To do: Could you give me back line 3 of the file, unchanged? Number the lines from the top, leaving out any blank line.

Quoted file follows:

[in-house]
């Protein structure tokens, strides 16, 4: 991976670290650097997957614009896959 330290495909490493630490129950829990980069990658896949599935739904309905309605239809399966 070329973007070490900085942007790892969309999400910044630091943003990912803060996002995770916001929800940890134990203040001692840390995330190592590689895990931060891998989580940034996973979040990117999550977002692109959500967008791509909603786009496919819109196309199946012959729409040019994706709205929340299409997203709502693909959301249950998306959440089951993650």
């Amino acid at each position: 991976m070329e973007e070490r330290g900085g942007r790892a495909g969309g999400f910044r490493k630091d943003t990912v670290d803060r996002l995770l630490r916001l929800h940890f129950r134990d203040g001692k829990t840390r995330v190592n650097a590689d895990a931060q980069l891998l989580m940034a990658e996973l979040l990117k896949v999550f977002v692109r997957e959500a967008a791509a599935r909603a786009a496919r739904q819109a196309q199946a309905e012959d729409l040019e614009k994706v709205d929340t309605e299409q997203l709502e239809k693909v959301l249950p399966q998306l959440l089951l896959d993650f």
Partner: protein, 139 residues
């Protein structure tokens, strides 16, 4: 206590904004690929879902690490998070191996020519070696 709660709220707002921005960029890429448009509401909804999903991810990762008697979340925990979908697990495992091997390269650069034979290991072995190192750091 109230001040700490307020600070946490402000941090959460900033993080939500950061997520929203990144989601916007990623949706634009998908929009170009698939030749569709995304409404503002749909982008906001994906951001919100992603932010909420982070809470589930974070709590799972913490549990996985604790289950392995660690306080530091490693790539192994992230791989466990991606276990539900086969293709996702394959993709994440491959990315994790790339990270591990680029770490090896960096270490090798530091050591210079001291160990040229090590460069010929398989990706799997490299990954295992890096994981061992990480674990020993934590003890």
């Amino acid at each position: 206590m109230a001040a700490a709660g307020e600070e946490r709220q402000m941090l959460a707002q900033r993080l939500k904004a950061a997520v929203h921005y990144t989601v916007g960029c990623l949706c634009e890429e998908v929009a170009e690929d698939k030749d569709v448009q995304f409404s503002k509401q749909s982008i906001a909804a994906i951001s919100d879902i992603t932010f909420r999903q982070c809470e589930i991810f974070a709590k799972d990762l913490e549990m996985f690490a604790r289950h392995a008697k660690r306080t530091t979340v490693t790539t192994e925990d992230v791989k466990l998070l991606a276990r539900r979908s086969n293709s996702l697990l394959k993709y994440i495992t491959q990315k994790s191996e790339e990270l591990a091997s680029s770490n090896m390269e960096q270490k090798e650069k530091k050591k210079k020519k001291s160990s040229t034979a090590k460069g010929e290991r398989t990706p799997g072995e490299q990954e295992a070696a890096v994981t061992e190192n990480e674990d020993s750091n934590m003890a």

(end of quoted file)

């Amino acid at each position: 991976m070329e973007e070490r330290g900085g942007r790892a495909g969309g999400f910044r490493k630091d943003t990912v670290d803060r996002l995770l630490r916001l929800h940890f129950r134990d203040g001692k829990t840390r995330v190592n650097a590689d895990a931060q980069l891998l989580m940034a990658e996973l979040l990117k896949v999550f977002v692109r997957e959500a967008a791509a599935r909603a786009a496919r739904q819109a196309q199946a309905e012959d729409l040019e614009k994706v709205d929340t309605e299409q997203l709502e239809k693909v959301l249950p399966q998306l959440l089951l896959d993650f």